Council to Ask Voters to Increase Hotel ‘Bed’ Tax
By Juliet McShannon
August 5 - Visitors might be paying more to stay overnight in
Santa Monica next year.
The tax increase requires the approval of a simple majority of voters.
Susan McCarthy, city manager, told the council the tax increase is necessary to assure the retention of city services, and that it would bring Santa Monica in line with the nearby cities of Beverly Hills and Los Angeles.
“The current Santa Monica tax rate is lower than that of neighboring communities and it is important to remind Santa Monicans that it will be paid by hotel guests and not the residents here,” McCarthy said.
McCarthy further stressed the importance of the increase in boosting the city’s coffers in order to prevent further cuts in current services.
“The tax increase will mean $1.6 million in additional revenue to the general fund this fiscal year and $3.5 million for the next full fiscal year,” McCarthy said. “This is essential to achieving a balanced budget without further service and staff reductions to general fund operations including police, fire, libraries and after school programs.”
The TOT -- which is locally imposed and therefore cannot be “taken” by the State of California to shore up its budget -- would essentially add about $4 to the average hotel room rate per night.
Hoteliers in the city are apparently not opposed to the tax increase.
Klaus Mennekes, vice president of the Edward Thomas Management Company, which operates the beachfront Shutters and Casa Del Mar hotels in Santa Monica, said he supports the tax increase.
“We haven’t had much time to get all the details, but if the money from this increase in revenue will be used for services that will benefit the entire community, then we support the initiative,” Mennekes said.
Council member Mike Feinstein welcomed the measure as a means of “taking advantage of what’s already here.”
“This is something that takes advantage of our existing investments in the tourism industry and our already existing natural resources,” he said.
Mayor Richard Bloom applauded the support from all Council members for putting the measure on the November ballot but warned against complacency in expecting the measure to sail through.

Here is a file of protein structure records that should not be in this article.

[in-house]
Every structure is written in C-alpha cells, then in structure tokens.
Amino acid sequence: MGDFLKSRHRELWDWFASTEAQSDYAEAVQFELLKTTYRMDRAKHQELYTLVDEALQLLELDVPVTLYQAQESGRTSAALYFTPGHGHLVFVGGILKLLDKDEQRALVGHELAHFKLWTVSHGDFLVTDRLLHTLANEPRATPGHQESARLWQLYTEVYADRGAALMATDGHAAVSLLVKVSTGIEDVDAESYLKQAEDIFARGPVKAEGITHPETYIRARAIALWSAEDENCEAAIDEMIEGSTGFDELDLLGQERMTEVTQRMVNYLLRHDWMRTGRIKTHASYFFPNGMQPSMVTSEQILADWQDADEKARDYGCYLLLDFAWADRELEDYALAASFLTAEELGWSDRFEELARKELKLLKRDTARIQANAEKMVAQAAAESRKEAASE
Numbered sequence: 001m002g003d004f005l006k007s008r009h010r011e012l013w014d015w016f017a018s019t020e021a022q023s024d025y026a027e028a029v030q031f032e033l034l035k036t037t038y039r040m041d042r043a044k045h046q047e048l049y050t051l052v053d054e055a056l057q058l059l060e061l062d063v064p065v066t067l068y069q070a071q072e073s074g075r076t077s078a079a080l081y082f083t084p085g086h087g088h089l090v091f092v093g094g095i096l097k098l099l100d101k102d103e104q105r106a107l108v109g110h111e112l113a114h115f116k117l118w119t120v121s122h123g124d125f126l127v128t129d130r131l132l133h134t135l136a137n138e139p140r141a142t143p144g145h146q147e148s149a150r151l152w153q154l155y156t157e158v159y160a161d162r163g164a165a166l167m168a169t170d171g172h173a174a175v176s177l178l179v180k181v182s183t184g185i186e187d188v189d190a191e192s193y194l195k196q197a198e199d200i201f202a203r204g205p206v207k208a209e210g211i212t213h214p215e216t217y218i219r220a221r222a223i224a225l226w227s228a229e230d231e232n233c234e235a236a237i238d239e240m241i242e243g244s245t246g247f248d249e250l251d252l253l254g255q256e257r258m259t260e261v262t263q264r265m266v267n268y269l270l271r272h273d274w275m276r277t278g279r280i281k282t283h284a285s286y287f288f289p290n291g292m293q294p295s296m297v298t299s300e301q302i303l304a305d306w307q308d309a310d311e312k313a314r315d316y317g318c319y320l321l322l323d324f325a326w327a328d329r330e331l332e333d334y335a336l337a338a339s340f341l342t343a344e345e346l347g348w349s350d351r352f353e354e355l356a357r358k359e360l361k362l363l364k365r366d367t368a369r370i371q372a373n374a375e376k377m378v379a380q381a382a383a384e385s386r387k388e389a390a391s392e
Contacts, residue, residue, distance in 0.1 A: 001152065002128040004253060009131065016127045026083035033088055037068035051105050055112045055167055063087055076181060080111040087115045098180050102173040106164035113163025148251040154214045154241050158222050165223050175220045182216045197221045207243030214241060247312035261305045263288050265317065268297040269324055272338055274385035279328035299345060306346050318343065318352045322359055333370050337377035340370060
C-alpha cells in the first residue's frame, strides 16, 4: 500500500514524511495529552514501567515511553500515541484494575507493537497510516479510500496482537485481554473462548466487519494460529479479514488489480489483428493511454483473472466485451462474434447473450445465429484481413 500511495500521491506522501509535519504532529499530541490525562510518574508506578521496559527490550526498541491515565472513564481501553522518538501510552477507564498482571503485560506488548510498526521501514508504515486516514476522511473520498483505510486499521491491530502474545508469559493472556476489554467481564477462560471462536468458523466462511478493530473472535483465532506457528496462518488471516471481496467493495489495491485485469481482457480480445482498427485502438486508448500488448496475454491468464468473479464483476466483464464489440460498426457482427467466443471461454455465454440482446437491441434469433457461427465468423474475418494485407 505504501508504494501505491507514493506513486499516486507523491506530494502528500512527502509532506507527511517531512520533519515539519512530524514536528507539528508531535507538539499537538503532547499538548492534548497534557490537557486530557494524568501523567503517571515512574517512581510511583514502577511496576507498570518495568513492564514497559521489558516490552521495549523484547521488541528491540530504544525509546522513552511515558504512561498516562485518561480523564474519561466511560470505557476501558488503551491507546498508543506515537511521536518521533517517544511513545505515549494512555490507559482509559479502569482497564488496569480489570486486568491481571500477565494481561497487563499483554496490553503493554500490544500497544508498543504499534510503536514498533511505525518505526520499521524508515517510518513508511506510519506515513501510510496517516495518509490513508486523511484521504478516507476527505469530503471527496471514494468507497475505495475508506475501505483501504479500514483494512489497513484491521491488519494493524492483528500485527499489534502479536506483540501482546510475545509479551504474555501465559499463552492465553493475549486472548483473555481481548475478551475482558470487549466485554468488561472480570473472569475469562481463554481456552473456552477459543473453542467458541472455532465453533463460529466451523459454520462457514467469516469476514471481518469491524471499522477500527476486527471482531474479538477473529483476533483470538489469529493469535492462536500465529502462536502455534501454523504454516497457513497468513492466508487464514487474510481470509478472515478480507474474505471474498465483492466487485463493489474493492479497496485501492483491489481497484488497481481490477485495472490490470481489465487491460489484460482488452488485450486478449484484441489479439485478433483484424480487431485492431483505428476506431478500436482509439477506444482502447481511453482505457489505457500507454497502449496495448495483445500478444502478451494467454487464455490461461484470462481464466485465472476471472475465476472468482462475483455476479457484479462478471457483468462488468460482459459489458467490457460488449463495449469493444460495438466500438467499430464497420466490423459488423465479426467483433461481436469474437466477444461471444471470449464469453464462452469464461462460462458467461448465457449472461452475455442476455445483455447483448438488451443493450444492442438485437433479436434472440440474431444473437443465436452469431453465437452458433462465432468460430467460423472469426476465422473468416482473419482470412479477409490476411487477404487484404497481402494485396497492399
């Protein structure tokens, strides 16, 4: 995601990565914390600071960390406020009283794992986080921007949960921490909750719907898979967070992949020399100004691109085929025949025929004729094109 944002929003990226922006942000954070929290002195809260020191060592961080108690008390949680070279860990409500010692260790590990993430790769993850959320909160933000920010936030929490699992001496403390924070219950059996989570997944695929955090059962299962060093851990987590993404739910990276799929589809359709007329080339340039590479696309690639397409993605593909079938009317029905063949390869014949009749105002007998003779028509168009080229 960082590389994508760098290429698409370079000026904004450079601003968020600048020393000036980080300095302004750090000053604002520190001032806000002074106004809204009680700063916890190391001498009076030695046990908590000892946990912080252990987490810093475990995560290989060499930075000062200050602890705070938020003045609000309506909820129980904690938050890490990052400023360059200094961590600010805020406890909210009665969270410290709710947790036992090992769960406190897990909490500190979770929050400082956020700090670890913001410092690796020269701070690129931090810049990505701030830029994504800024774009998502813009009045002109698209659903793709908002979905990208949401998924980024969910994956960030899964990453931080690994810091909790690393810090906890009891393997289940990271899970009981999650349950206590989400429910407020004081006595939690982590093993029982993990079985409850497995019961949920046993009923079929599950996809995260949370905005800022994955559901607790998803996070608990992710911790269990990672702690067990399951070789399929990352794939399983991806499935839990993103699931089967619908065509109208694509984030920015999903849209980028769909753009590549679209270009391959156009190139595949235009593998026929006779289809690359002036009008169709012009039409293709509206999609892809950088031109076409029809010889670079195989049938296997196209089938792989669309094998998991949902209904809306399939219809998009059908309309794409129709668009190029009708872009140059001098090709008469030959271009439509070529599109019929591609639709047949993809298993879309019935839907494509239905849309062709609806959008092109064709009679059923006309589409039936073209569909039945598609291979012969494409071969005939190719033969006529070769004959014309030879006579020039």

“No easy passage is guaranteed in an already overcrowded ballot,” Bloom warned. “This is an issue that everyone that cares about our community needs to get behind. The things that make this town special cost money. We need to enlist the energy of the community and the volunteers in the community to get behind this.”
The Council also devoted time to commenting on the Santa Monica College Board’s recent decision not to put a $175 million “partnership” bond measure on the November ballot.
The college board will reconsider the decision at a special meeting Friday morning. (See “College to Reconsider Reduced Partnership Bond Friday.”)
On Tuesday, Bloom said he was pleased that the “partnership” proposal had opened the doors to “dialogue” among the jurisdictions, a sentiment echoed by other council members.
“Important dialogue has now developed and lots of issues have been broached. It is my hope that we can continue to look for opportunities where the school district, City and college can continue to co-operate and form partnerships,” Bloom said.
“Having opened the door we need to keep it open, walk through it with our hands out, shaking hands to see whether we can’t create a partnership for 2006,” said Mayor Pro Tem Kevin McKeown.
“We need to stay on the course that we set out here and that is thinking of our three overlapping jurisdictions as being one community,” McKeown added.
However, after learning of the reconsideration, Bloom accused the college board of “very bad government practice” by placing the item on the agenda with short notice.
Friday is the deadline for the college board to act to place the measure on the ballot.
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